Ronan Lee, the ALP member for Indooroopilly in the Queensland Legislative Assembly, has quit the ALP and joined the Australian Greens.
Lee has been a Parliamentary Secretary in the Bligh government since last April.
Born in Ireland, Lee was first elected in 2001.
At a press conference with Senator Bob Brown this afternoon, Lee expressed disappointment with the environmental policies of the Bligh government.
- Listen to Ronan Lee and Senator Bob Brown (19m)
Statement from the Australian Greens.
The Member for Indooroopilly, Ronan Lee, is Queensland’s first Greens MP. Mr Lee resigned from the Labor Party today.
Mr Lee, who won Indooroopilly from the Liberals in 2001 and then retained the seat in 2004 and 2006, says he will provide a strong, sensible response to the climate crisis for Queensland.
Mr Lee said, “Queensland needs to take advantage of its natural advantages to make our state the world’s leading solar power economy”.
“We also need to focus our infrastructure spending on building a world-class public transport system”
National Greens Leader Senator Bob Brown said, “Ronan Lee’s move will give the Queensland Parliament a strong and intelligent Greens advocate to lead debate on the best social and economic way forward in an age of environmental and economic crisis”.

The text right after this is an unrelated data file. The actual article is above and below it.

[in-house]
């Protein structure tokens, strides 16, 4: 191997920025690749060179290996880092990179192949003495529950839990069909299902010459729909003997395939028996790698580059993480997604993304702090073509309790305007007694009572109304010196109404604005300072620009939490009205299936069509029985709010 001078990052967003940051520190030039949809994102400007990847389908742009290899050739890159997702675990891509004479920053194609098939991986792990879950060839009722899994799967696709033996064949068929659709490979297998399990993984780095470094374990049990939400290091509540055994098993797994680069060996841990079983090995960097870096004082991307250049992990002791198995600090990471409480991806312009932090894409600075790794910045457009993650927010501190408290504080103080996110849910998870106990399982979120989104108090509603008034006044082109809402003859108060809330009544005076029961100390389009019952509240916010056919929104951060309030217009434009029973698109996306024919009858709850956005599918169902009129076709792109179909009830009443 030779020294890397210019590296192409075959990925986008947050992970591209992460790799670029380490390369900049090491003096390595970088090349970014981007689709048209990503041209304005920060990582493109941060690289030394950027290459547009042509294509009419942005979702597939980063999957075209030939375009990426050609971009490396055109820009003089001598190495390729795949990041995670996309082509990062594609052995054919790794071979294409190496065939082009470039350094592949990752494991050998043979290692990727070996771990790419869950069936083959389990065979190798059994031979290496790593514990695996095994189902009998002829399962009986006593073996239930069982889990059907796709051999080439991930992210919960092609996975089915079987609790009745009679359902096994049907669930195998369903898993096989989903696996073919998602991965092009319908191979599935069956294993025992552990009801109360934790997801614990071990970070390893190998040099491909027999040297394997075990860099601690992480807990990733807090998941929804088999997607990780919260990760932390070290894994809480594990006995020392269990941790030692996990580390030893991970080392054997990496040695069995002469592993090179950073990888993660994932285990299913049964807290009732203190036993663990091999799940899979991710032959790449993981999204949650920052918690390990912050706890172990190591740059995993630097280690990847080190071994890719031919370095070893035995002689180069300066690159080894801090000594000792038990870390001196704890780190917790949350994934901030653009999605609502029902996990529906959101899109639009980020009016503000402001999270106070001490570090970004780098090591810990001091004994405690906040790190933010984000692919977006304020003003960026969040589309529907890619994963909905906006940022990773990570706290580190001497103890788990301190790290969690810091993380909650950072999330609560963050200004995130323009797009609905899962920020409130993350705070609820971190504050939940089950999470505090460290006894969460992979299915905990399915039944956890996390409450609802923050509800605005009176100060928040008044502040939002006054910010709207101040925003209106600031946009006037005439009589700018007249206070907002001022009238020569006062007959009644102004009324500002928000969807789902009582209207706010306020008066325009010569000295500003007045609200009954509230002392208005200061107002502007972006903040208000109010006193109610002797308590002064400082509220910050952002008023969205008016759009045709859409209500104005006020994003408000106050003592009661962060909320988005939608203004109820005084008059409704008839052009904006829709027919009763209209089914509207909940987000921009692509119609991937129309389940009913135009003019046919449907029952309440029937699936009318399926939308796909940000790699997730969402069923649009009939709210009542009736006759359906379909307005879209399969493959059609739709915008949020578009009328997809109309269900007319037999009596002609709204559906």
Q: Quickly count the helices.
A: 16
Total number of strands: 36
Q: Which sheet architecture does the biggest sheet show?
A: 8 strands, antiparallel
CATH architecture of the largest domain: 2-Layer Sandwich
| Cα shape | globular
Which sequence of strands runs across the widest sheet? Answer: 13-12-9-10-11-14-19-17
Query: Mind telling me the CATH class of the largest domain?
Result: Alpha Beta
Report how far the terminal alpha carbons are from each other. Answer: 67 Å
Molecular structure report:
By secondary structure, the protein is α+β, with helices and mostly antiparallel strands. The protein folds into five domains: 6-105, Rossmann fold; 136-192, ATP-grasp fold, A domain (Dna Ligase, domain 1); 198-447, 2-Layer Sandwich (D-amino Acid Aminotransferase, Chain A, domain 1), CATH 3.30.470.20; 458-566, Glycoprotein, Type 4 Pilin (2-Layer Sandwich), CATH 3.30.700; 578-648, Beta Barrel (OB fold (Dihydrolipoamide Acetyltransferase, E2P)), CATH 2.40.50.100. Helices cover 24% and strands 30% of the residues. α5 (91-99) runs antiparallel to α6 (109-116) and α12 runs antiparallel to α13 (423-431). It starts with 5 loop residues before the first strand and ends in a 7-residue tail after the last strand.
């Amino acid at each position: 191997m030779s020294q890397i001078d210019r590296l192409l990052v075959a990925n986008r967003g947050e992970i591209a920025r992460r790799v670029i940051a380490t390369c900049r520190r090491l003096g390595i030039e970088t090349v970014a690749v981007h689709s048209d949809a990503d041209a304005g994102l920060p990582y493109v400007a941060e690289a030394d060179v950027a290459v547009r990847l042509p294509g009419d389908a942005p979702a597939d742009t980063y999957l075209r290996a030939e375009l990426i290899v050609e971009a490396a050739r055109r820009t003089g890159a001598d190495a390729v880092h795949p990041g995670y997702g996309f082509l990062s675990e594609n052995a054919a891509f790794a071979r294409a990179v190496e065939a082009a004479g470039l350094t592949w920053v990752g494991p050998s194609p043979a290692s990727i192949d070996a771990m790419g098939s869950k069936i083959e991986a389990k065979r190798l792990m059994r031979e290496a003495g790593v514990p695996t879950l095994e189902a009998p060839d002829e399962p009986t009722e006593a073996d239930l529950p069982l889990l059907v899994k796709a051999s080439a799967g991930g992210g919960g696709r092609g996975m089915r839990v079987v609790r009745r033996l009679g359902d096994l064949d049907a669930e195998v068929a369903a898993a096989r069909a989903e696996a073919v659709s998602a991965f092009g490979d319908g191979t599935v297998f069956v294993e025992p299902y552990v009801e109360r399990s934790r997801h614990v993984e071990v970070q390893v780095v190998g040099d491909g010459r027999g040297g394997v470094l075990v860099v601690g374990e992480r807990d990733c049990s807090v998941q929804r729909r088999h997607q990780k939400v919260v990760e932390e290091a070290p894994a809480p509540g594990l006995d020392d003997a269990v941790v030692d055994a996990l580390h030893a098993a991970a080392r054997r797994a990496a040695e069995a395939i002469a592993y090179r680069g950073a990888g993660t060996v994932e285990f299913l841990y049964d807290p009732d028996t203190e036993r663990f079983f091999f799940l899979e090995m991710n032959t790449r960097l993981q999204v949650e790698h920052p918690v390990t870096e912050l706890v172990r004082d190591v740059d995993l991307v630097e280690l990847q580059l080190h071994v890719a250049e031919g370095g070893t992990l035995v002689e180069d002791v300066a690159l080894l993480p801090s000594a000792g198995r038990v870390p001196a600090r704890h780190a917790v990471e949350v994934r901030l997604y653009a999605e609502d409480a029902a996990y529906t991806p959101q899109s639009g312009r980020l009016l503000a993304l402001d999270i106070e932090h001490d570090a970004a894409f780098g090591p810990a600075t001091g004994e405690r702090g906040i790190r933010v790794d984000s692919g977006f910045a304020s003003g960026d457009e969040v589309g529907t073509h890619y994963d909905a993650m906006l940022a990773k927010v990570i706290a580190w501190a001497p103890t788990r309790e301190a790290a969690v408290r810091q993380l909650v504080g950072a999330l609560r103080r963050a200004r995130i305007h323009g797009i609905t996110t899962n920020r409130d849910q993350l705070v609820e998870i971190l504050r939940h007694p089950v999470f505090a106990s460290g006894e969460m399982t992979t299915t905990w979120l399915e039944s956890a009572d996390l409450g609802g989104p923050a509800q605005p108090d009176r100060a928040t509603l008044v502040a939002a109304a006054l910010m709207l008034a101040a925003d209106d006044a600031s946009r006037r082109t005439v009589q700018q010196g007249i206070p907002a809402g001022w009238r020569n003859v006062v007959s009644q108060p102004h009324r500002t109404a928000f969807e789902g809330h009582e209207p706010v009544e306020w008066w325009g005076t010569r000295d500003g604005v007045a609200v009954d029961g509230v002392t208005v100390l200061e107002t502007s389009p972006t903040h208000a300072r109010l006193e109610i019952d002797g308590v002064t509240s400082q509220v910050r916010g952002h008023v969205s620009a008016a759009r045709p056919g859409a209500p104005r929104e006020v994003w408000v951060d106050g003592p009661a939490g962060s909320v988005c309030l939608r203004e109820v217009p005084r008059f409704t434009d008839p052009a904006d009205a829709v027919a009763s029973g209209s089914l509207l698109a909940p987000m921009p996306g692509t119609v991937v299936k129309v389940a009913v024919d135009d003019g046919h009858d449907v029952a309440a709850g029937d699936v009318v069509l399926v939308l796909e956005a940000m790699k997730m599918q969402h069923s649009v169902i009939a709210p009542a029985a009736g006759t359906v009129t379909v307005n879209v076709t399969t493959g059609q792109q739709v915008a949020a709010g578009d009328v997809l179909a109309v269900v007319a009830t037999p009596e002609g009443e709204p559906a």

“Now there will be a responsible voice free to challenge those old Labor and National-Liberal policies which, for example threaten the death of the Great Barrier Reef and tens of thousands of jobs dependent on it within a generation”.
Mr Lee said, “Climate change is the biggest challenge of our generation and now is not the time to sit back and hope that small policy changes will be enough to safeguard our community.”
“The type of old-fashioned thinking that got our society in this climate change mess is not the type of thinking that can get us out of trouble – we need a major shift in policy focus with a genuine commitment to renewable energy, public transport, protecting our state’s wilderness areas and a smarter water policy that reduces the need for major dams.”
“Queensland needs to refocus its attention on climate change and the environment.”
“The old political parties have for too long defined the debate about climate change as a choice between doing very little and doing almost nothing.”
“Our community deserves and expects much better from our decision-makers,” Mr Lee said.